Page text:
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Kadaga lends support to agricultural scientists


Kadaga lends support to agricultural scientists

Speaker Kadaga is shown some of the newly released seeds. Agriculture Minister Vincent Ssempijja (in Blue suit) accompanied her for the tour of Namulonge

Speaker Kadaga is shown some of the newly released seeds. Agriculture Minister Vincent Ssempijja (in Blue suit) accompanied her for the tour of Namulonge

The Speaker of Speaker, Rebecca Kadaga has lent her support to Uganda’s agricultural scientists in their pursuit to have a well regulated environment to commercialise research products, especially those made through Genetic Modification.

Speaker Kadaga invited a group of local leaders from her own constituency in Kamuli and from other parts of Busoga, to tour and witness improved crops and animals while urging them to adopt the technologies as a way to fight poverty.

Speaker Kadaga’s visit to the National Crop Resources Research Institute (NaCRRI) in Namulonge, the home of some of the most advanced research in the country, could be seen as a sign of approval on the work by the scientists. Namulonge hosts two centres of excellence one for Cassava and another for Maize. Using the two centres, Uganda has achieved tremendous acclaim across Africa for undertaking ground-breaking research in Genetic Engineering for resistance against pests such as the Fall Armyworm in Maize and for the Cassava Brown Streak Virus in Cassava.

The tour comes at a time when Ugandan farmers are waiting for President’s next move regarding whether or not he approves of the changes to the Genetic engineering law that were passed two months ago in Parliament.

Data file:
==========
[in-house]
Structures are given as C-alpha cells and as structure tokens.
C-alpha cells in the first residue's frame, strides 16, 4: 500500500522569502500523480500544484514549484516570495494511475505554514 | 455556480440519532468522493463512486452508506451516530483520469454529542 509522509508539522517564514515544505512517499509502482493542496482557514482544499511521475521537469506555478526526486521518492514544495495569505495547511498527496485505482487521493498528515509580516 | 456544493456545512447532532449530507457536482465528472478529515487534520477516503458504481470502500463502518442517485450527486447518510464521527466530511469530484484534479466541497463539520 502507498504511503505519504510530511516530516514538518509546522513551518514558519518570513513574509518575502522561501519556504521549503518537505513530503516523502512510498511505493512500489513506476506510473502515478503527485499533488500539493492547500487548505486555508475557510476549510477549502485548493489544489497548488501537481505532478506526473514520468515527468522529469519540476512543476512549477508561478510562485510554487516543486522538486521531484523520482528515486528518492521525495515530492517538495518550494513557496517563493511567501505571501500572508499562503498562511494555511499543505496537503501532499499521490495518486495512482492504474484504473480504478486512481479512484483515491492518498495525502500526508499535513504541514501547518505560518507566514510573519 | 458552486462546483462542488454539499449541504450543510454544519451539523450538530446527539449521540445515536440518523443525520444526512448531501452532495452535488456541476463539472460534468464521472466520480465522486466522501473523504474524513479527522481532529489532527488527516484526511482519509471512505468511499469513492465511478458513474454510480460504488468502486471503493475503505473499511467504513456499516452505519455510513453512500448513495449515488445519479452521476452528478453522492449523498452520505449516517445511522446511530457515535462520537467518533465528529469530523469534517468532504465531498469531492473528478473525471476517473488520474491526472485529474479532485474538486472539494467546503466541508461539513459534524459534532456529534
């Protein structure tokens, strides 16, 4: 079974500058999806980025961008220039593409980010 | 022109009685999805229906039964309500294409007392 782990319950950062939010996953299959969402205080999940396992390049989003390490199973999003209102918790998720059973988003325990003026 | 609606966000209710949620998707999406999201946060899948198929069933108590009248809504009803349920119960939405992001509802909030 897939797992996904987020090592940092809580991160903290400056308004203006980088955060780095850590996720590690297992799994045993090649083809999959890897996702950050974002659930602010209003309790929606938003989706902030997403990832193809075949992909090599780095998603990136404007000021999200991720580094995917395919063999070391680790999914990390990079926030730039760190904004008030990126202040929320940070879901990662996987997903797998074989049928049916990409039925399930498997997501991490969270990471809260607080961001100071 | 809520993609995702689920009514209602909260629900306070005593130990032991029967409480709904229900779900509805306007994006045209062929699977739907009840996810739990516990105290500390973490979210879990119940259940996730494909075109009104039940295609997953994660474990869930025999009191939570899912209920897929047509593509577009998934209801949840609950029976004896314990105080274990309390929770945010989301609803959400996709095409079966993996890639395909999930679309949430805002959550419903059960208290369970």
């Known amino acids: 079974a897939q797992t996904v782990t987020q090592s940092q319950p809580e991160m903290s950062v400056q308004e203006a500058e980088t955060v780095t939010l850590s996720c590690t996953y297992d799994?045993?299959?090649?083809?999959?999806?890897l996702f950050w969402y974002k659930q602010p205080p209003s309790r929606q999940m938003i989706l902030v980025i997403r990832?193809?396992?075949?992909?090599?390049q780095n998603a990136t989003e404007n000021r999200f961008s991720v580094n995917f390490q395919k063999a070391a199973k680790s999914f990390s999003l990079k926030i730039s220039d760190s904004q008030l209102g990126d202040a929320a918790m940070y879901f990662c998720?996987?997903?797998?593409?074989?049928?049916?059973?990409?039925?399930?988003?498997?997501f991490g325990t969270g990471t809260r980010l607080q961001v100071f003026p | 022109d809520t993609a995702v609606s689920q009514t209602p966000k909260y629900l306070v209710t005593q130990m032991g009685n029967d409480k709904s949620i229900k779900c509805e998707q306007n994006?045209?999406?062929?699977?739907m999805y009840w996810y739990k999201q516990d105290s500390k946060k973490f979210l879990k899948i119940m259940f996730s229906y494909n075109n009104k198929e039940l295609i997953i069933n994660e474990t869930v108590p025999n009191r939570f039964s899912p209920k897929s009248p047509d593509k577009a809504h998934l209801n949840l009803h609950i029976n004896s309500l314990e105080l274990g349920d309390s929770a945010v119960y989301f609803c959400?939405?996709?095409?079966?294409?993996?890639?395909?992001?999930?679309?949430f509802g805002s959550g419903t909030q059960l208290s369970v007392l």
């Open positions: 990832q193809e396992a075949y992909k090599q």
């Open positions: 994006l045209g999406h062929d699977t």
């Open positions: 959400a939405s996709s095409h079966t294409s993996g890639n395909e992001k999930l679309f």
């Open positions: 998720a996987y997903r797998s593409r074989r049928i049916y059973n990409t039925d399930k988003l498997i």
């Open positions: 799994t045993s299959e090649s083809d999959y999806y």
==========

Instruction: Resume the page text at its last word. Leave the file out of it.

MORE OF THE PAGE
In December 2017, President Museveni declined to assent to the Biosafety Act 2017 and returned it to Parliament for a clarification. In November 2018, Parliament passed a greatly changed law under the title Genetic Engineering Regulatory Act 2018. Whereas the constitution gives the president up to 30 days to assent to the bill, there are signs he has done so by now.

By registering her personal presence, and by urging her constituents to adopt the science by NARO researchers, Kadaga’s visit could be seen as a sign of approval and trust in the efforts of Ugandan researchers.

While at Namulonge, Kadaga said: “Poverty and unproductivity are too much in Busoga but we are on a campaign to improve the economic status by bringing these farmers to learn and encourage them to put what they have seen and discussed in action,” Kadaga said.

The leaders toured a number of bioscience facilities including laboratories to witness improvements in the country’s capacity to hand biotechnology and biosafety. They also visited Confined Field Trials (CFTs), the Livestock Research Institute in Nyakesasa.

While at Nakyesasa, the Director Research, NARO, Dr. Swidiq Mugerwa informed Kadaga that Ugandan researchers have developed capacity to develop vaccines in line with World Health Organization standards. The vaccines produced include three tick specific vaccines and one cocktail with the capacity to protect Ugandan cattle from the three most prevalent ticks.

Dr. Mugerwa noted however that they are exploring ways of inventing a vaccine that work on a larger scope.

“Once this vaccine is on the market, it will save the country over UGX3.2 trillion which is the current expenditure on imported vaccines and acaricide treatment for livestock,” Mugerwa said.

The farmers toured the dairy circular production facility which houses a new breed of Viking Jerseys that are considered appropriate for the local market in the current climate conditions.
NARO is a corporate body responsible for coordinating, guiding and overseeing agricultural research in Uganda.



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